Russians huge eaters

Posted on September 5, 2012
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(2002 update of 1972 article)

Many Canadians got the impression from fans returning from Moscow that Russian food is terrible. This is not true. It is certainly different, it gave Canadian digestive systems quite a shock and we soon began to pine for what we were used to. I think the same thing would apply with the finest French cuisine. It is strange though that the things we all craved most were the very simplest things at home — hamburgers, Coca Cola and milk.

Pickle Breakfast

In Russia, breakfast consisted of hard sliced cheese, poached or soft-boiled eggs (the yolks were always too runny and the poached had a greenish tinge) dill pickles, delicious sweet rolls, thick coffee or delicate tea.

Lunch was the big meal. This usually started off with a sort of salad usually incorporating cabbage and having a pickle flavour. There were usually a couple of hard-boiled eggs with a cream sauce. There was always some horrible looking soup made up of various weird colours of vegetables and meat and topped with a big dollop of cream. It was usually delicious although rarely more than lukewarm.

We had steak almost every day although most of the flavour was gone as though it had been boiled for a day or so before being heated up. No salt. Dessert was either ice cream (just like Canadian) or pastries (excellent).

Breaded anything

Supper started off with hard-to identify appetizers like smoked chicken or usually some strange fish dish. The main course might be anything that could be breaded,

— veal, fish, rabbit, chicken or God alone knows what. Dessert would be fruit or pastries.

It all tasted fine to me except that it was like institutional food in Canada. Things could have been warmer, spicier and cooked for a shorter time. The butter and bread were excellent and kept many of us going although it seemed that baking was only done once a week and Monday’s rolls got a little tough by Saturday .

Bottles of carbonated fruit juice (plum, apple, strawberry, pear) were served with breakfast and lunch and beer with supper. The beer was terrible by our tastes and the fruit juice all began to taste like prune soda pop after a few days. There weren’t any ice cubes . except in the bars.

I suppose the overall feeling after a week was that we were on a constant diet of smoked or pickled fish salad.

In the second week we found a bar where they served a really excellent steak. It would beat most steaks in Canadian steak houses – charred on the outside, tender and

juicy pink on the inside and salty! It cost $2.50 and was wildly popular.

Drink On Street

The Russian working people lunched on various kinds of meat pies deep fried like fish and chips and sold from stands in a napkin. Excellent ice cream bars, pastries, chocolates and candies were sold everywhere you turned. It was not unusual to see a few men meet on the street, whip out small glasses, pour a shot of vodka all around and proceed on their way. It wasn’t that common either but I saw it happen three times during my visit.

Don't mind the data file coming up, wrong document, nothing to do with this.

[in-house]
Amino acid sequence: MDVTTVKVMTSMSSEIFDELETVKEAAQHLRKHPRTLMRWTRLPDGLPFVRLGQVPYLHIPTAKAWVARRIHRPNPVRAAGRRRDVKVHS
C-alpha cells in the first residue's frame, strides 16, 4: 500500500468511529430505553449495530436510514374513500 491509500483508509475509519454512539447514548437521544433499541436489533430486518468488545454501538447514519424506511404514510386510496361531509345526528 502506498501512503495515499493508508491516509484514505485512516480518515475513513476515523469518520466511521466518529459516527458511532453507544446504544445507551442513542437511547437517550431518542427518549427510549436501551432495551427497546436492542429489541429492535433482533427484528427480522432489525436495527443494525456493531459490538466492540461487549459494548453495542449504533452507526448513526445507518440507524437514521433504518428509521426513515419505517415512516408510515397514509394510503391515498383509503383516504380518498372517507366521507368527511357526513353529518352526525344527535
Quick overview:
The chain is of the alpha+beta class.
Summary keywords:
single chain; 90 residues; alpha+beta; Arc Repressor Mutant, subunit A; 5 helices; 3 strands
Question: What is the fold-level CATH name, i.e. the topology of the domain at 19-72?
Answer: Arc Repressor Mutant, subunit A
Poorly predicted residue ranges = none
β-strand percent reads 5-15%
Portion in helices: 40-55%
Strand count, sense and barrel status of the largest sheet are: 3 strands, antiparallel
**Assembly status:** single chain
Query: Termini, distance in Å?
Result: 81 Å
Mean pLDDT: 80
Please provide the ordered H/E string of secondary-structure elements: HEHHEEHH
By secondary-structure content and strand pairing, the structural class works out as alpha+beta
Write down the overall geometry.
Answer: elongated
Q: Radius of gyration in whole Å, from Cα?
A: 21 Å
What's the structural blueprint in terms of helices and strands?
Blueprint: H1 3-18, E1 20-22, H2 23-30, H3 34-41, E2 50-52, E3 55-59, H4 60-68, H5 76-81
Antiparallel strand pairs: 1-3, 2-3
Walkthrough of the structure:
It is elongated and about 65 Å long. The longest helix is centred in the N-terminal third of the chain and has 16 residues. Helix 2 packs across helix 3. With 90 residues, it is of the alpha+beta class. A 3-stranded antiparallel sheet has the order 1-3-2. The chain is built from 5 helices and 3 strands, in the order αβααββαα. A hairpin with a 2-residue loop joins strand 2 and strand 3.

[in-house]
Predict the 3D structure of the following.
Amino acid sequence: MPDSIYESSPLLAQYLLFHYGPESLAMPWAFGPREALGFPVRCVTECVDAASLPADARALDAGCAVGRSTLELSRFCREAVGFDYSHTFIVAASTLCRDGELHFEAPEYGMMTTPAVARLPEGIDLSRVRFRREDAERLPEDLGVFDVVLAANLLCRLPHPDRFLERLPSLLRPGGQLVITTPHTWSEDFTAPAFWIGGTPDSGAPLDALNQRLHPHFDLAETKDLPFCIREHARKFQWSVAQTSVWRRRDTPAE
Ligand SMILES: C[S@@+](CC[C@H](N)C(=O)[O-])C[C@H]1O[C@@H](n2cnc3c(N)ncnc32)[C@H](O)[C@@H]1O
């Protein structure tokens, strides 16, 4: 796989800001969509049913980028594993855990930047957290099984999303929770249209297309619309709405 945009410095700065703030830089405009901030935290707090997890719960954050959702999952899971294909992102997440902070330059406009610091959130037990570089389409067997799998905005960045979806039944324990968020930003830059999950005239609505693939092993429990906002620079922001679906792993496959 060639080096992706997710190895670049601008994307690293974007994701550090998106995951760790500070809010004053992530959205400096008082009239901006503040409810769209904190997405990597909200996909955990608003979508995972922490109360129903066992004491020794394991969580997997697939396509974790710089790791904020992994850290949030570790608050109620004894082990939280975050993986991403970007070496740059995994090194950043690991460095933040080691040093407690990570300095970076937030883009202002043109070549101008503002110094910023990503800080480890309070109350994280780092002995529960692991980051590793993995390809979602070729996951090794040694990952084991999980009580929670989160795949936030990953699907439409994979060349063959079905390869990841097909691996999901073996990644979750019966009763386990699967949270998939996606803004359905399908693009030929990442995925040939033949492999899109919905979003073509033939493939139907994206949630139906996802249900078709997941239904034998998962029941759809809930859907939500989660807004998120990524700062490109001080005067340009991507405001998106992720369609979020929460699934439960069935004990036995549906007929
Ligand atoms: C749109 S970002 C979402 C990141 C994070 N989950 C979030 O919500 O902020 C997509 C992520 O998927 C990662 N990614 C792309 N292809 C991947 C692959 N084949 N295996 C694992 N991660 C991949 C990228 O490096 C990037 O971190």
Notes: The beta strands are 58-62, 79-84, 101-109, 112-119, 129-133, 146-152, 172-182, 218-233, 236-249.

Russians have a reputation, especially among themselves, for being huge eaters. I wouldn’t argue with that. I would say their choice of diet is even worse than ours and we’re among the worst in the world.

Almost everyone over 40 was much overweight. Many of the older citizens are also extremely short or look as though they have really been through hard times. This is hardly surprising in view of the mass starvation during World War II when 26 million Russians lost their lives.

1,000 For Dinner

We had most of our meals in one of the huge restaurants in the hotel. There were over 400 of us eating there at one time and we only comfortably filled the ground floor leaving a good large area for dancing. There were often wedding parties going on in the balconies while we ate. Another large dining room adjoined ours separated by a folding door. I would guess that 1,000 people could eat in this one restaurant at once. There were seven restaurants in the hotel.

In addition to the restaurants there were a couple of small bars and snack bars scattered around lest a visitor starve on a journey to a restaurant.

Tanya, our guide told us that when the hotel first opened, groups of tourists were occasionally found weeping in the halls having gotten thoroughly lost inside the hotel. This definitely would be possible.

While we were there, there was a constant stream of tours from all over the world. I couldn’t list all of the countries because it would be easier to list the ones not represented but suffice to say that the first couple we met were Australian. Aussies seem to turn up everywhere.

Many tours stay longer in Russia than we did but not usually in the same place. Tanya said that many Intourist guides quit because they cannot stand meeting a group, getting to know them, forming deep friendships and then saying goodbye forever all in the space of a couple of weeks.


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